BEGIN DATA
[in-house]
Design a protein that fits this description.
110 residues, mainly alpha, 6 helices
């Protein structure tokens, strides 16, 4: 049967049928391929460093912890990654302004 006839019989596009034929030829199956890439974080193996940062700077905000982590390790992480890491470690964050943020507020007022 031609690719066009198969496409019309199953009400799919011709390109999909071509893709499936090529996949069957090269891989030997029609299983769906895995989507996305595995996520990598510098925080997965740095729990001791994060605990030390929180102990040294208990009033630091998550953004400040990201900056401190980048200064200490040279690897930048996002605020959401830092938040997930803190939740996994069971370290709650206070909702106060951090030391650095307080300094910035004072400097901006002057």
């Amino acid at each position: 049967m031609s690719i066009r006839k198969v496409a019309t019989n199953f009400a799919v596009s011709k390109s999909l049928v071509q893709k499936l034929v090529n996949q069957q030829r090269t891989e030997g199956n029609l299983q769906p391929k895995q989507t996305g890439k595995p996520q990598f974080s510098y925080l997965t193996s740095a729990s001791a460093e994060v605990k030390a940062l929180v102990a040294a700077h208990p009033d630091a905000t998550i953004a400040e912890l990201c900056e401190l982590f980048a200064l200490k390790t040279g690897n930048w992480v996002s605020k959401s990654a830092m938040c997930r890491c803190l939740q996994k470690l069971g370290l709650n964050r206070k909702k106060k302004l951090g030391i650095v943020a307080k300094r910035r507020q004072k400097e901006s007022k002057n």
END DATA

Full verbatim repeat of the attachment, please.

[in-house]
Design a protein that fits this description.
110 residues, mainly alpha, 6 helices
């Protein structure tokens, strides 16, 4: 049967049928391929460093912890990654302004 006839019989596009034929030829199956890439974080193996940062700077905000982590390790992480890491470690964050943020507020007022 031609690719066009198969496409019309199953009400799919011709390109999909071509893709499936090529996949069957090269891989030997029609299983769906895995989507996305595995996520990598510098925080997965740095729990001791994060605990030390929180102990040294208990009033630091998550953004400040990201900056401190980048200064200490040279690897930048996002605020959401830092938040997930803190939740996994069971370290709650206070909702106060951090030391650095307080300094910035004072400097901006002057």
């Amino acid at each position: 049967m031609s690719i066009r006839k198969v496409a019309t019989n199953f009400a799919v596009s011709k390109s999909l049928v071509q893709k499936l034929v090529n996949q069957q030829r090269t891989e030997g199956n029609l299983q769906p391929k895995q989507t996305g890439k595995p996520q990598f974080s510098y925080l997965t193996s740095a729990s001791a460093e994060v605990k030390a940062l929180v102990a040294a700077h208990p009033d630091a905000t998550i953004a400040e912890l990201c900056e401190l982590f980048a200064l200490k390790t040279g690897n930048w992480v996002s605020k959401s990654a830092m938040c997930r890491c803190l939740q996994k470690l069971g370290l709650n964050r206070k909702k106060k302004l951090g030391i650095v943020a307080k300094r910035r507020q004072k400097e901006s007022k002057n």